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Jordanetics

A Journey into the Mind of Humanity's Greatest Thinker
Written by: Vox Day
Narrated by: Thomas Landon
Length: 7 hrs and 31 mins
5 out of 5 stars (2 ratings)
Price: CDN$ 25.00
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Publisher's Summary

Jordan Peterson is believed by many to be the greatest thinker that humanity has ever known. He is Father Figure, Philosopher-King, and Prophet to the millions of young men who are his most fervent fans and followers. He is the central figure of the Intellectual Dark Web, an academic celebrity, and an unparalleled media phenomenon who has shattered all conceptions of what it means to be modern celebrity in the Internet Age. 

He has, by his own admission, thought thoughts that no man has ever thought before. He has dared to dream dreams that no man has ever dreamed before. 

Of course, Jordan Peterson also happens to be a narcissist, a charlatan, and an intellectual con man who doesn't even bother to teach the subjects upon which he lectures. He is a defender of free speech who silences other speakers, a fearless free-thinker who never hesitates to run away from debates, difficult questions, and controversial issues, a philosopher who rejects the conventional definition of truth, and a learned professor who has failed to read most of the great classics of the Western canon. He is, in short, a shameless and unrepentant fraud who lacks even a modicum of intellectual integrity. 

But is Jordan Peterson more than a mere fraud? Is he something more sinister, more unbalanced, and even more dangerous? In Jordanetics: A Journey into the Mind of Humanity's Greatest Thinker, political philosopher Vox Day delves deeply into the core philosophy that Jordan Peterson advocates in both his written works and his video lectures. In doing so, Day methodically builds a shocking case that will convince even the most skeptical Jordan Peterson supporter to reconsider both the man and his teachings.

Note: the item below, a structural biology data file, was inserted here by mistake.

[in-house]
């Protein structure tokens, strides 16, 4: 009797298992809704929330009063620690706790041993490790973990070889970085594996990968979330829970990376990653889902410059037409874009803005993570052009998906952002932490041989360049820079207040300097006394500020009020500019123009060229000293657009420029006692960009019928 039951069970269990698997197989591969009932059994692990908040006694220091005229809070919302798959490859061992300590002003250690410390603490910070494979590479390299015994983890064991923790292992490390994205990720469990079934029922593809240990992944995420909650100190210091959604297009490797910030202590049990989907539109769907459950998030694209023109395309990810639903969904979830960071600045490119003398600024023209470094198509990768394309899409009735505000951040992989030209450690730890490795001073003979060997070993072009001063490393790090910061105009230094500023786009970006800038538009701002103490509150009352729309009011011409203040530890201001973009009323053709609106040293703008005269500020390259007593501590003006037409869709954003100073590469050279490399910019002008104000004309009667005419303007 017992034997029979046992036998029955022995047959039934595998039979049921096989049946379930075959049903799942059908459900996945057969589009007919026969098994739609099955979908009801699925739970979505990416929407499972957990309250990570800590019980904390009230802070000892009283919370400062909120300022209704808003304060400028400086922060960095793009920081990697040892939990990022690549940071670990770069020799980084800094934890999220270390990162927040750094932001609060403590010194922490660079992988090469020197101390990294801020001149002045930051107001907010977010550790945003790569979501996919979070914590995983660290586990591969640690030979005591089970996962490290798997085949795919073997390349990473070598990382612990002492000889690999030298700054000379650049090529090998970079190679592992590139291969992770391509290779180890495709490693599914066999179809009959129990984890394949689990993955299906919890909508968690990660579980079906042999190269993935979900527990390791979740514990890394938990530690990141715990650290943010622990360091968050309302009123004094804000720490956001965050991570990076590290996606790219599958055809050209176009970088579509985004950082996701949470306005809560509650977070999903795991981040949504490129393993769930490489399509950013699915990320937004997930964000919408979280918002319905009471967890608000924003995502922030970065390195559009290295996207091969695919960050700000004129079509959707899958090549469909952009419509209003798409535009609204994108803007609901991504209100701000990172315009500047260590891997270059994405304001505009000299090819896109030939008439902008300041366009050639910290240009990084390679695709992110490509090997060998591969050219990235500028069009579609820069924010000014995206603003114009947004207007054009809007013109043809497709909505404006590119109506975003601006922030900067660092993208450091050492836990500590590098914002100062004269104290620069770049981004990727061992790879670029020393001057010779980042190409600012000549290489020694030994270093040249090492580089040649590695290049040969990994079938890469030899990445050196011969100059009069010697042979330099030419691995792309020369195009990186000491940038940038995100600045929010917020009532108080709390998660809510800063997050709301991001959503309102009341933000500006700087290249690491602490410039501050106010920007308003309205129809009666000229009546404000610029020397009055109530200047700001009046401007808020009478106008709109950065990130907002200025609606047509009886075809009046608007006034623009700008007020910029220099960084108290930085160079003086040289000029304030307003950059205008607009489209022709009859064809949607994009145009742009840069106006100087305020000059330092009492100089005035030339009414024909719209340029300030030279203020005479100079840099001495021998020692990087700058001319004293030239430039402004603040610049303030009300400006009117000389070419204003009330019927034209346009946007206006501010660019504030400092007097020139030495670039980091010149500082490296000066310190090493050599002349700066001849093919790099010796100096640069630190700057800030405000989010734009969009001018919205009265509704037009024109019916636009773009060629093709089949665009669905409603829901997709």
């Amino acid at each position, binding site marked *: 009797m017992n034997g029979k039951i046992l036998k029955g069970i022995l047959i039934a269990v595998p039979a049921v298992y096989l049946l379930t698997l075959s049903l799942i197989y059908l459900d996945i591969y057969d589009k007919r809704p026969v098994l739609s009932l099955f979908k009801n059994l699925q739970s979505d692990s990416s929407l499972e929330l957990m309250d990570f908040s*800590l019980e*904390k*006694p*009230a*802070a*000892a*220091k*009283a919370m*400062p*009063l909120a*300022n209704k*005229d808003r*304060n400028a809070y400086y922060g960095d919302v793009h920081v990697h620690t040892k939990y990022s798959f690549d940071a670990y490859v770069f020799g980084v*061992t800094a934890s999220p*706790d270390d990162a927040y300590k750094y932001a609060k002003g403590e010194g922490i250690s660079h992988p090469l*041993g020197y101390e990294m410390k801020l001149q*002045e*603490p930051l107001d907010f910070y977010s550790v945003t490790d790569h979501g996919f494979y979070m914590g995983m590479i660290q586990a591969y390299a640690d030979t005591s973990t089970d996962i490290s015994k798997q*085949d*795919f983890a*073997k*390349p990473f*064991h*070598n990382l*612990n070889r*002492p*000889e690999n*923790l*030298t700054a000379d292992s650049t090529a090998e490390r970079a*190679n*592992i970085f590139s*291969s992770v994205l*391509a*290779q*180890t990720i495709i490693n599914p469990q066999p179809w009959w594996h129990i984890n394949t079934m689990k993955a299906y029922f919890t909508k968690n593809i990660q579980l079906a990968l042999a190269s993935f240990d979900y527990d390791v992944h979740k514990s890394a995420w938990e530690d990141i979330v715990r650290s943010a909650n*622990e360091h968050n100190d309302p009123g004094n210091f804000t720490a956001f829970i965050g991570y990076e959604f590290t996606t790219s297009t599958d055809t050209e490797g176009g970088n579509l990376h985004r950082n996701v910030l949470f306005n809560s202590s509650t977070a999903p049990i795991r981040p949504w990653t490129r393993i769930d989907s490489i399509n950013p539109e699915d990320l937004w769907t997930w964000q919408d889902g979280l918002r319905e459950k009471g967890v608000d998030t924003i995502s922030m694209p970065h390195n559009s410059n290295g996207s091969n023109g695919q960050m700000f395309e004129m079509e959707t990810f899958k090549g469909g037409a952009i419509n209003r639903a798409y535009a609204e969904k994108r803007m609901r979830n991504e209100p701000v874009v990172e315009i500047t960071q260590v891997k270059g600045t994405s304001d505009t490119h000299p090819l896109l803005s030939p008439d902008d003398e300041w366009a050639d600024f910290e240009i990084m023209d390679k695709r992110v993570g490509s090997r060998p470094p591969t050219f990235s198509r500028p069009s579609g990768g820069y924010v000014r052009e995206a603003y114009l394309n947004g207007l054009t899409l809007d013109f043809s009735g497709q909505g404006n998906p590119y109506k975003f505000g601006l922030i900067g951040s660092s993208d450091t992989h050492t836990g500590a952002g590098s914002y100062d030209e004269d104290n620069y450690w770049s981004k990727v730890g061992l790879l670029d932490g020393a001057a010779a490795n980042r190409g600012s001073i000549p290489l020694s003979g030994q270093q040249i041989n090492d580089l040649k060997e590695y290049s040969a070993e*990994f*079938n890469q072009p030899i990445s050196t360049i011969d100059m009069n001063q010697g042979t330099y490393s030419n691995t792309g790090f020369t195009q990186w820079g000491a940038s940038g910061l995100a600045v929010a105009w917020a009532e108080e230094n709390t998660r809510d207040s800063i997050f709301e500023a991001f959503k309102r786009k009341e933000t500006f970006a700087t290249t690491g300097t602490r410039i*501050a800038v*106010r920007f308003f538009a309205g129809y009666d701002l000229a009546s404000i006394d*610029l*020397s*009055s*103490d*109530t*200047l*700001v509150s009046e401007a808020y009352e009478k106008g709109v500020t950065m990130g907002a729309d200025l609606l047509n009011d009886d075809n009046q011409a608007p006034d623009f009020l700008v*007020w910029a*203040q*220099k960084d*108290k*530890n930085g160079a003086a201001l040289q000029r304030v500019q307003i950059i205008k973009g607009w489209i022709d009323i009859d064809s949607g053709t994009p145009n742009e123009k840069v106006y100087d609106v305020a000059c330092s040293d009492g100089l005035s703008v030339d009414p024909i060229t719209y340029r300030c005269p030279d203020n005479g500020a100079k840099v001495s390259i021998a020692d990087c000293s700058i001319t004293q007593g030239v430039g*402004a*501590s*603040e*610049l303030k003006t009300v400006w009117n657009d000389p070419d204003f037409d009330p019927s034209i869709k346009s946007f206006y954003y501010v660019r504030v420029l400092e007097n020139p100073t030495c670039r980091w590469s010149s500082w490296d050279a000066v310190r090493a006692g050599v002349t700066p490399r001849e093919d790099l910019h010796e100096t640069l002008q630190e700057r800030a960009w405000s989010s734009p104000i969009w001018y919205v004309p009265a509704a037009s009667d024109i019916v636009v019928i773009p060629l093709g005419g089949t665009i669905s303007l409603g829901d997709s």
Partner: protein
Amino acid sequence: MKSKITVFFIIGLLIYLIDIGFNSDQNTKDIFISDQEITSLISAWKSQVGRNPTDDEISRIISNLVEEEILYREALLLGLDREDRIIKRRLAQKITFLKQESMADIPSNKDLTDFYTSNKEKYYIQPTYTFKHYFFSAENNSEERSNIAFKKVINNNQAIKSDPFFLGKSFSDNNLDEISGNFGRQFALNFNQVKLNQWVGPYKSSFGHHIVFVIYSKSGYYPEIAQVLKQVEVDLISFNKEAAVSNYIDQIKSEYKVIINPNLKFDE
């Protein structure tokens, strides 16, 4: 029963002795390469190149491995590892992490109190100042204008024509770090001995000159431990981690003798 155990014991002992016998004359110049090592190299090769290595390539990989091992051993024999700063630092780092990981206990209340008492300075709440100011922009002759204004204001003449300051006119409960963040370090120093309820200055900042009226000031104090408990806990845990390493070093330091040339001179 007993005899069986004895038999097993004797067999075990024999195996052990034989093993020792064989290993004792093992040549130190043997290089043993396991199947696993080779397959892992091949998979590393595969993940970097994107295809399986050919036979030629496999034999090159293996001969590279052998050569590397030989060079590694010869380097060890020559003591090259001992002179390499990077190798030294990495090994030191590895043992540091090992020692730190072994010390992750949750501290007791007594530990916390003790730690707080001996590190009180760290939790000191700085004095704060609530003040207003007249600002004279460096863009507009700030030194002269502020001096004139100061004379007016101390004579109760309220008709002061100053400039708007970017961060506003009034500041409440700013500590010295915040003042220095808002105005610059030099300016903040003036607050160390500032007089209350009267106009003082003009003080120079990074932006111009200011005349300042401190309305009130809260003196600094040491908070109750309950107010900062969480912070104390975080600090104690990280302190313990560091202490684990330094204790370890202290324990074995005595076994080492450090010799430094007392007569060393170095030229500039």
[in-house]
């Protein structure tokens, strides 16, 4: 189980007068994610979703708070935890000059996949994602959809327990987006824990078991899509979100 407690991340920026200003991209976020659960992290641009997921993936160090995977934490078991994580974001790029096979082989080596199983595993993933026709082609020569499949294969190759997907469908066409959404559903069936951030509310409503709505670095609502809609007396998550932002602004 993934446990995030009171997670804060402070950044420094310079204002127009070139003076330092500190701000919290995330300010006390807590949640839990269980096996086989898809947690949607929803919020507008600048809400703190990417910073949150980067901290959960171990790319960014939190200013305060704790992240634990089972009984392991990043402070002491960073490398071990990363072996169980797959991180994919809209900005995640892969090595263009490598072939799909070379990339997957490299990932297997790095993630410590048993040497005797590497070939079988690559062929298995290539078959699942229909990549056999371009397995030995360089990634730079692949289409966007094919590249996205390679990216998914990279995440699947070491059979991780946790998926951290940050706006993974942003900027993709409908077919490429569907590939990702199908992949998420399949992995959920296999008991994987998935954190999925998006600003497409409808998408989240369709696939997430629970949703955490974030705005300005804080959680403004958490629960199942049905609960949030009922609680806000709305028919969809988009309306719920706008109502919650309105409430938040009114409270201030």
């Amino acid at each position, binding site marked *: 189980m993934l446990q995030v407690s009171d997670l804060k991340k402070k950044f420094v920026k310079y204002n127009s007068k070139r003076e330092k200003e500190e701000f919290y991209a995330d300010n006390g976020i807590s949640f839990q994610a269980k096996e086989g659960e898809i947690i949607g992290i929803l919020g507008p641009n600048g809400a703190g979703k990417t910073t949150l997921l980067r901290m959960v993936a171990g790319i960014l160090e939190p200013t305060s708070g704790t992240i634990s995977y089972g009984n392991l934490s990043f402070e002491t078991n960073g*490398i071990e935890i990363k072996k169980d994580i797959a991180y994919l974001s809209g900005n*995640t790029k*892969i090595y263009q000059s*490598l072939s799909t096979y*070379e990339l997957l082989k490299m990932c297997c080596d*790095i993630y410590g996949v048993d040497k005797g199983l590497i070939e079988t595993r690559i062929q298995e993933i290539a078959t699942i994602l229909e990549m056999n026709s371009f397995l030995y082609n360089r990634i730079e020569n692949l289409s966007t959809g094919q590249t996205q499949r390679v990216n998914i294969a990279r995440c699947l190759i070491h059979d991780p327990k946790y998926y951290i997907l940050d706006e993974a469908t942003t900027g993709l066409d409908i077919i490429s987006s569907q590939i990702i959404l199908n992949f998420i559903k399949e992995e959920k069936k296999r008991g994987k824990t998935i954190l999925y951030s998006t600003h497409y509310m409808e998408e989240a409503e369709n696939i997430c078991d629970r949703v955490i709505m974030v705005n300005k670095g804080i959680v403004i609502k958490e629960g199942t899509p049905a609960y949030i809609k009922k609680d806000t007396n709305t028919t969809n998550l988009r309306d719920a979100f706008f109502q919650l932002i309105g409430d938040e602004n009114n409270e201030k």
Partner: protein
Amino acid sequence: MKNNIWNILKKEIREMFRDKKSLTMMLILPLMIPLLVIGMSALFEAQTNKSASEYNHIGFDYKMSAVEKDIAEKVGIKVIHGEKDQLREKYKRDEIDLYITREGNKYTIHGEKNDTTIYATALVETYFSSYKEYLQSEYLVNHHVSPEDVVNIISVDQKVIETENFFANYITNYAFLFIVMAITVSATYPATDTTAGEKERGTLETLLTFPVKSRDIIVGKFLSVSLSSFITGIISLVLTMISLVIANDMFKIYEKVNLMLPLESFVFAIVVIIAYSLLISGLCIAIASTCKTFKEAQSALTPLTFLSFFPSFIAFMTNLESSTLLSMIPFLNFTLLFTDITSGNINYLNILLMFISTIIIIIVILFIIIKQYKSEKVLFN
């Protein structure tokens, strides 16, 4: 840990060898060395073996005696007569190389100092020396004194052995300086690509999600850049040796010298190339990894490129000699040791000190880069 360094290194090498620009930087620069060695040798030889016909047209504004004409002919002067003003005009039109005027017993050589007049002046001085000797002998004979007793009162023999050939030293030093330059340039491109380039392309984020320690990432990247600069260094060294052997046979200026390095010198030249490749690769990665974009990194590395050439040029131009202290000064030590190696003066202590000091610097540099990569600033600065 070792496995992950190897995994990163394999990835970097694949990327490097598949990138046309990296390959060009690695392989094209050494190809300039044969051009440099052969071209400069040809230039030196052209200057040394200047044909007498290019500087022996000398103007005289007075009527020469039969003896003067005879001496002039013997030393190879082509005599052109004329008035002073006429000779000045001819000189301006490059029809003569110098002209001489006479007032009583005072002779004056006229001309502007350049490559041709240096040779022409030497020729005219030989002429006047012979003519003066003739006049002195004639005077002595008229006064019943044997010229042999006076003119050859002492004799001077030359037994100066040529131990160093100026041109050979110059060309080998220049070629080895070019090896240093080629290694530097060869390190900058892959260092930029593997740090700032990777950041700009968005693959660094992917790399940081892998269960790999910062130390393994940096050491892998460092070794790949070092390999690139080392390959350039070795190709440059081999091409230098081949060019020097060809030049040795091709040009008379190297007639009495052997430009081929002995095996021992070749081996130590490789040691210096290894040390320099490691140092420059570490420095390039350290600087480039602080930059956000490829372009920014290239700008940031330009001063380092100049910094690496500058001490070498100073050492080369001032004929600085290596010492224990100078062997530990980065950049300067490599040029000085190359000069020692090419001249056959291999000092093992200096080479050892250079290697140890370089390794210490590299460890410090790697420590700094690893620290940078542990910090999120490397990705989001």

©2018 Vox Day (P)2019 Vox Day

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  • Tanicia Workman
  • Delta Junction, ALASKA, United States
  • 2019-04-15

great book

loved the book, loved the quotes and using them in context. I've read the 12 rules for life and this book easily explains why so much of that one confused me.

1 of 1 people found this review helpful

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    2 out of 5 stars
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  • Tom Poleski
  • Vancouver, Canada
  • 2019-03-28

Distasteful character assassination.

There's some paragraphs there where he nails Peterson pretty good but the majority of it can be easily countered and didn't change my opinion of the man as being noble and good overall. I found the parts about comparisons with the occult to be the most interesting part of the book, the rest I slogged through and found very distasteful. Day's own "12 rules" at the very end of the book are wise and a good alternative to Pererson's.

1 of 1 people found this review helpful

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  • Anthony V
  • 2019-02-21

Pay credit for Narrator to read YouTube Comments.